Nuclear the US government discontinued the program for

Nuclear
power has long been one of the solutions in our quest to reduce our reliance on
fossil fuels, as well as meeting the world’s increasing energy demands. In
nearly 500 nuclear reactors all around the world, the fission of uranium or plutonium
is taking place, allowing us to generate vast amounts of energy with little to
no carbon emissions. However nuclear power has its disadvantages,
which include highly radioactive waste products as well as the risk of nuclear
meltdown. 12

 

The
idea of using Thorium as a fuel in nuclear reactors has been around since the
very beginning, and may just be the long-term solution that we need. There are
many experts that believe that a thorium fuel cycle would offer considerable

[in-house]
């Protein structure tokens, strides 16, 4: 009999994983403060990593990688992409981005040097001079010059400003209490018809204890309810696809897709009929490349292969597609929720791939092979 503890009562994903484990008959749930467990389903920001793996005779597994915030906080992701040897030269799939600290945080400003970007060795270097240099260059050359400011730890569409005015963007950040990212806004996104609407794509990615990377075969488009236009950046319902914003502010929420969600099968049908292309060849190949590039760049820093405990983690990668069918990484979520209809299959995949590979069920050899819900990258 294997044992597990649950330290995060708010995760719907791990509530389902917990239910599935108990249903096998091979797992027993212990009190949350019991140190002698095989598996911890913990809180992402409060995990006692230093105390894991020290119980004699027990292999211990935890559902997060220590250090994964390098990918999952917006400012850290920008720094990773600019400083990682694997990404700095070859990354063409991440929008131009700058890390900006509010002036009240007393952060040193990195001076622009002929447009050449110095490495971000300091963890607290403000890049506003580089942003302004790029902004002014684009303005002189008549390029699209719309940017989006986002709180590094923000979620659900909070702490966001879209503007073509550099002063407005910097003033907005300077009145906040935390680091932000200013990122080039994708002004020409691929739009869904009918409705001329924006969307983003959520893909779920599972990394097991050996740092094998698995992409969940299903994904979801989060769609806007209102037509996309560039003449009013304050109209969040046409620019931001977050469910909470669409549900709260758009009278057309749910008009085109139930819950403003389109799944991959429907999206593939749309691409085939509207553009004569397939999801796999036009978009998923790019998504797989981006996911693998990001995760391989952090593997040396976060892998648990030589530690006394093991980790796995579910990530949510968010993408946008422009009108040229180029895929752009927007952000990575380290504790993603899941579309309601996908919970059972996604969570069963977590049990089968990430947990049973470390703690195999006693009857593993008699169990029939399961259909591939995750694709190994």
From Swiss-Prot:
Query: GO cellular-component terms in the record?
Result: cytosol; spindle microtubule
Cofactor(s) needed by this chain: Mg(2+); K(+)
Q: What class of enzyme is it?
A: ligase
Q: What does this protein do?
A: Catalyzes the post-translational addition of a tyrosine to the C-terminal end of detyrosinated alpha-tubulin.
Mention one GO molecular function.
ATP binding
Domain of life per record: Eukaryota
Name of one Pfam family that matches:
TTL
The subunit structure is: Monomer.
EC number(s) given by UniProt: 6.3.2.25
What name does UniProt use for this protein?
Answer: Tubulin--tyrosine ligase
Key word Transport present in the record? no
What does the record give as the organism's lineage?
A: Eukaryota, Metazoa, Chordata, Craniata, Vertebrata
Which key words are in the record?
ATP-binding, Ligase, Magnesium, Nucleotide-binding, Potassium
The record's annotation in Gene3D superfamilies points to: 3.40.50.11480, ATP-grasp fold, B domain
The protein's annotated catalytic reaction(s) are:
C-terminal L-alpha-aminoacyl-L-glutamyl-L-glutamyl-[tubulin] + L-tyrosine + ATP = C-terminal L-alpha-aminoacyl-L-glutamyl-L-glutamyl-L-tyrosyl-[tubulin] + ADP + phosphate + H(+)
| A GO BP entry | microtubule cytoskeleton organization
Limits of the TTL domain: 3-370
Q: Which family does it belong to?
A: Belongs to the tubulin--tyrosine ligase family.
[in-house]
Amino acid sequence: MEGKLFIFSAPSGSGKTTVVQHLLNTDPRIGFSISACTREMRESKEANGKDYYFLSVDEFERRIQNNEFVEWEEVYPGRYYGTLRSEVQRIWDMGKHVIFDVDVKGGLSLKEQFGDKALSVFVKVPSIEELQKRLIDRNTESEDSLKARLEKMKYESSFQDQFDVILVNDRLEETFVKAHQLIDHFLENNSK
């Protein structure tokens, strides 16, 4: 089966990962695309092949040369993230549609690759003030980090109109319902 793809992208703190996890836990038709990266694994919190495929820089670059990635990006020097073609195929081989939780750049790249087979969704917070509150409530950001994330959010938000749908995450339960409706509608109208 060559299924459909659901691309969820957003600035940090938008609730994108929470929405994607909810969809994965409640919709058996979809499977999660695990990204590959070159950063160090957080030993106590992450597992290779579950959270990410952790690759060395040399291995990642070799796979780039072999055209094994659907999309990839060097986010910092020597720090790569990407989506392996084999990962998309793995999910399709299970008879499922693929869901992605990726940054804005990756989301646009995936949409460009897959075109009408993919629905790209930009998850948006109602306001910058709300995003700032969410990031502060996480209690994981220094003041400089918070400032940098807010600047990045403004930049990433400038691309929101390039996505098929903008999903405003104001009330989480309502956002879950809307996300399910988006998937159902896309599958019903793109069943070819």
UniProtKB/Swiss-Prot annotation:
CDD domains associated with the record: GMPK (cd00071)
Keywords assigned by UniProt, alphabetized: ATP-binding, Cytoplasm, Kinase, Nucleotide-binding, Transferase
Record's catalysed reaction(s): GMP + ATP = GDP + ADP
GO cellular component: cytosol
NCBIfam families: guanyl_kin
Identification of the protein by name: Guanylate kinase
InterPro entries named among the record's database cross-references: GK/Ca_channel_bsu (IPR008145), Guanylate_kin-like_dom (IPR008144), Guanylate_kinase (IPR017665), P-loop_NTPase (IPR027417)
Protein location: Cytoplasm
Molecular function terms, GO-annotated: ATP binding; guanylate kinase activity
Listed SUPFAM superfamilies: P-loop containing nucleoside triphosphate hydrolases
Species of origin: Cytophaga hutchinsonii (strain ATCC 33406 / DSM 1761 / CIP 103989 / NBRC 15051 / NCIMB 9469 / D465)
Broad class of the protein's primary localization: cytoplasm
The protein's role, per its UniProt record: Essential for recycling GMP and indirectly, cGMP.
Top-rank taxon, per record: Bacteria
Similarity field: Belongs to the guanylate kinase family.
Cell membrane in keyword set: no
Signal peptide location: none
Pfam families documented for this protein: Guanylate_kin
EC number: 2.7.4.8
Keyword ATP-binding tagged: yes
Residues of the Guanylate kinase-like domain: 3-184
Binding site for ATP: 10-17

advantages over its uranium counterpart, and “can
mean a 1000+ year solution or a quality low-carbon bridge to truly sustainable
energy sources solving a huge portion of mankind’s negative environmental
impact.”3

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Research
into thorium based nuclear power was carried out in the 1960s and 1970s in the
United States. In 1964, a molten salt reactor (MRSE) was built at the Oak Ridge
National Laboratory, which used U-233 as its fuel (produced by bombarding thorium
with neutrons). 4 The reactor was in operation very successfully for
several years, from 1965 to 1969 with minimal problems, and demonstrated that a
thorium based nuclear reactor was possible. 5 However in the
1970s, the US government discontinued the program for various reasons. It was
argued that uranium based reactors were already established and proven. The
1970s were also the height of the cold war, meaning nuclear weapons were a
major factor. Unlike uranium, the thorium fuel cycle produced almost no weapons
grade plutonium, leading the US to prioritising uranium reactors.